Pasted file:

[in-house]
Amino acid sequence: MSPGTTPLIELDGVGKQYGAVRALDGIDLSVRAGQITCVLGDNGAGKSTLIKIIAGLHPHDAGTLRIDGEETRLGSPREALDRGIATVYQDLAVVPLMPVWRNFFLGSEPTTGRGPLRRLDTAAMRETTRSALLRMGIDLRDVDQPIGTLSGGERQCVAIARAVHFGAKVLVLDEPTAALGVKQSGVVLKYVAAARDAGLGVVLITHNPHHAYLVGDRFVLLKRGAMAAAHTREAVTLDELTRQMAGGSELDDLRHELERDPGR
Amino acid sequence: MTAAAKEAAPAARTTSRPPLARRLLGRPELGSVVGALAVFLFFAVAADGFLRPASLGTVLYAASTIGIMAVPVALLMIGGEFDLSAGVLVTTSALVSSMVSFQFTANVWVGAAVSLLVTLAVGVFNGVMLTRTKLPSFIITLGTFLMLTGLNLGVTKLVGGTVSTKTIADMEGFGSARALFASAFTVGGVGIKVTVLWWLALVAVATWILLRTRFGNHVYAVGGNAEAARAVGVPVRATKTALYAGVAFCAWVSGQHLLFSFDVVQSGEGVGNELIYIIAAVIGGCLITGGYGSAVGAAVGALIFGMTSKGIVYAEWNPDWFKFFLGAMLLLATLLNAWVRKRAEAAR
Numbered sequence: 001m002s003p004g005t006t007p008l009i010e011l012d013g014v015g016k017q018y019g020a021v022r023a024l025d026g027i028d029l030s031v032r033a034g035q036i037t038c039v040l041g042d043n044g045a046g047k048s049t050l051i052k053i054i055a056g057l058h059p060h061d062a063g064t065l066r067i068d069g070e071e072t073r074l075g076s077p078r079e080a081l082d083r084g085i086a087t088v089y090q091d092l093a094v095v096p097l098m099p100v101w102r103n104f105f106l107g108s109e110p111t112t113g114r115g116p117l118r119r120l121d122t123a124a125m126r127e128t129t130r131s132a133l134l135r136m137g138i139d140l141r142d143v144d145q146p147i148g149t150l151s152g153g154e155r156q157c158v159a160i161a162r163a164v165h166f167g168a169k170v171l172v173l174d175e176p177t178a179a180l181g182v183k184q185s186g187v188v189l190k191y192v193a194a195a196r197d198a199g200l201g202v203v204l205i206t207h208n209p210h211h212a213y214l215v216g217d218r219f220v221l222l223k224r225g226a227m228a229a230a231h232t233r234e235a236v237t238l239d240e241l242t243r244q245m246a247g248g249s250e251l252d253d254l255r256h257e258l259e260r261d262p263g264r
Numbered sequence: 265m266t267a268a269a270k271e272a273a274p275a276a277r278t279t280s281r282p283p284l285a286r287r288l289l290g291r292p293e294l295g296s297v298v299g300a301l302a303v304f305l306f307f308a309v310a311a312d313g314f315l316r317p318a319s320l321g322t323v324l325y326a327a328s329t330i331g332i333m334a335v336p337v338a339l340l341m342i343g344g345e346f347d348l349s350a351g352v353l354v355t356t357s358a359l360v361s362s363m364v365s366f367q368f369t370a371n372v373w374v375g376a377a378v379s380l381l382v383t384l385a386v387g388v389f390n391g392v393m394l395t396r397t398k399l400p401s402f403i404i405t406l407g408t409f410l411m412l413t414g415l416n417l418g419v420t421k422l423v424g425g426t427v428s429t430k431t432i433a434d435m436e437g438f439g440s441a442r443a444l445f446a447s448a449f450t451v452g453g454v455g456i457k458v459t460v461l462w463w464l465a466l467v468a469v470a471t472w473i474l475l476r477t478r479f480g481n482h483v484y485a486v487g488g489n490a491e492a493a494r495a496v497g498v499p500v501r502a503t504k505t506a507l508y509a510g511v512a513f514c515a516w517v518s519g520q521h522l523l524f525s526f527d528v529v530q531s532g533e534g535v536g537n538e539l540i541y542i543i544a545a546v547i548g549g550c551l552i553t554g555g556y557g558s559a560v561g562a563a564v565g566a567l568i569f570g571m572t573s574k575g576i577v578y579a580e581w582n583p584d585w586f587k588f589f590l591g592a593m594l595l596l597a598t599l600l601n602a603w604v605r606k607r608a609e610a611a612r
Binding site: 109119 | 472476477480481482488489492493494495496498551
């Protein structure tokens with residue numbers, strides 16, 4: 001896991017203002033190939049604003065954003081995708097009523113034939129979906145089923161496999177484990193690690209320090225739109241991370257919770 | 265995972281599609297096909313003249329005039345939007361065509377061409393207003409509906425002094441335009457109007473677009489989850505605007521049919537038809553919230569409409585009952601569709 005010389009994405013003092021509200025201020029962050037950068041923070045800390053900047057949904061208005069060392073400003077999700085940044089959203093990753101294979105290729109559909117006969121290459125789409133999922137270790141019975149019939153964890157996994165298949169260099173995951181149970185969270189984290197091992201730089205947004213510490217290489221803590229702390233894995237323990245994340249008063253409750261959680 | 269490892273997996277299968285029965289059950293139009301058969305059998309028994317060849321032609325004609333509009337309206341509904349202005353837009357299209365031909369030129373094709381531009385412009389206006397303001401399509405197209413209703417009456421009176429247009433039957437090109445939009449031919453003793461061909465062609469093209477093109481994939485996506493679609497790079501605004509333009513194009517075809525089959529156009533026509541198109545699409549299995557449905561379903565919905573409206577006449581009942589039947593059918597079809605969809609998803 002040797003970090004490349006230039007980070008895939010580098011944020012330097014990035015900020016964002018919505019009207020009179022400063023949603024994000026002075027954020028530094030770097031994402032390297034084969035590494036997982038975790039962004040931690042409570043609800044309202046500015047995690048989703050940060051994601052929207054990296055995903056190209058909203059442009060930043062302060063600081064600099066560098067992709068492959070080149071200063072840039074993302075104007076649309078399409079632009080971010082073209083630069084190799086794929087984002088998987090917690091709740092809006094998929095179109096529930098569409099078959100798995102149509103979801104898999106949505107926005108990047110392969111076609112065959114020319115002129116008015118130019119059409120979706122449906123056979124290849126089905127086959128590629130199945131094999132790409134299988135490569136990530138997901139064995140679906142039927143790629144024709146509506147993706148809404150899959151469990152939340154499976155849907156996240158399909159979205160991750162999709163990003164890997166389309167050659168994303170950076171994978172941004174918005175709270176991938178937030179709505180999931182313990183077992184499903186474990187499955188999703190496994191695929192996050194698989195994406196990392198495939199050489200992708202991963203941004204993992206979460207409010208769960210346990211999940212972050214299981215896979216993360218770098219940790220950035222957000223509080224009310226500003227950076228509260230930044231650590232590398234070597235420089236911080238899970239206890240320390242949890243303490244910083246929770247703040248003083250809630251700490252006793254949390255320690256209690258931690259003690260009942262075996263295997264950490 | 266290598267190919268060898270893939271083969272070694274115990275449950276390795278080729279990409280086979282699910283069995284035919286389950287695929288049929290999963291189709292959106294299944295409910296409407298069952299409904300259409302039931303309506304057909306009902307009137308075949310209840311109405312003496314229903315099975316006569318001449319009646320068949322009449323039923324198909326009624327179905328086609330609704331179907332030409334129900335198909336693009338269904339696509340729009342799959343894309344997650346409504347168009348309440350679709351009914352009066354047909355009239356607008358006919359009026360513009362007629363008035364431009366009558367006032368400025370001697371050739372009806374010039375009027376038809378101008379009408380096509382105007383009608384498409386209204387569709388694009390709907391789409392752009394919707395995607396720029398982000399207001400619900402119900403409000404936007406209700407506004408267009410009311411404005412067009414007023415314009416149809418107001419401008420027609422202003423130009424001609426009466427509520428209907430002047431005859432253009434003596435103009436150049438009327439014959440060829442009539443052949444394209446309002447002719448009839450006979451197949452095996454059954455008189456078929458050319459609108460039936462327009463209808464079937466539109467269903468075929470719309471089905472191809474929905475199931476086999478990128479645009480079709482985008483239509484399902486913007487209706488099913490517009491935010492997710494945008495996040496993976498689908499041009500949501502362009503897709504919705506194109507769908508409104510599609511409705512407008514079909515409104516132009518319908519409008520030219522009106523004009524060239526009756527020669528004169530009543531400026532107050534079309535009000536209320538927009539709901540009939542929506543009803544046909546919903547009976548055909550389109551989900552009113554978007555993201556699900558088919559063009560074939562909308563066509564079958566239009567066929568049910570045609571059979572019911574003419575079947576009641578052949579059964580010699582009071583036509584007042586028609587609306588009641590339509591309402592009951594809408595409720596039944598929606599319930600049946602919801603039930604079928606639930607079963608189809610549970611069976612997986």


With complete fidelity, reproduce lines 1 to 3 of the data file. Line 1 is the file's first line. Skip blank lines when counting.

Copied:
[in-house]
Amino acid sequence: MSPGTTPLIELDGVGKQYGAVRALDGIDLSVRAGQITCVLGDNGAGKSTLIKIIAGLHPHDAGTLRIDGEETRLGSPREALDRGIATVYQDLAVVPLMPVWRNFFLGSEPTTGRGPLRRLDTAAMRETTRSALLRMGIDLRDVDQPIGTLSGGERQCVAIARAVHFGAKVLVLDEPTAALGVKQSGVVLKYVAAARDAGLGVVLITHNPHHAYLVGDRFVLLKRGAMAAAHTREAVTLDELTRQMAGGSELDDLRHELERDPGR
Amino acid sequence: MTAAAKEAAPAARTTSRPPLARRLLGRPELGSVVGALAVFLFFAVAADGFLRPASLGTVLYAASTIGIMAVPVALLMIGGEFDLSAGVLVTTSALVSSMVSFQFTANVWVGAAVSLLVTLAVGVFNGVMLTRTKLPSFIITLGTFLMLTGLNLGVTKLVGGTVSTKTIADMEGFGSARALFASAFTVGGVGIKVTVLWWLALVAVATWILLRTRFGNHVYAVGGNAEAARAVGVPVRATKTALYAGVAFCAWVSGQHLLFSFDVVQSGEGVGNELIYIIAAVIGGCLITGGYGSAVGAAVGALIFGMTSKGIVYAEWNPDWFKFFLGAMLLLATLLNAWVRKRAEAAR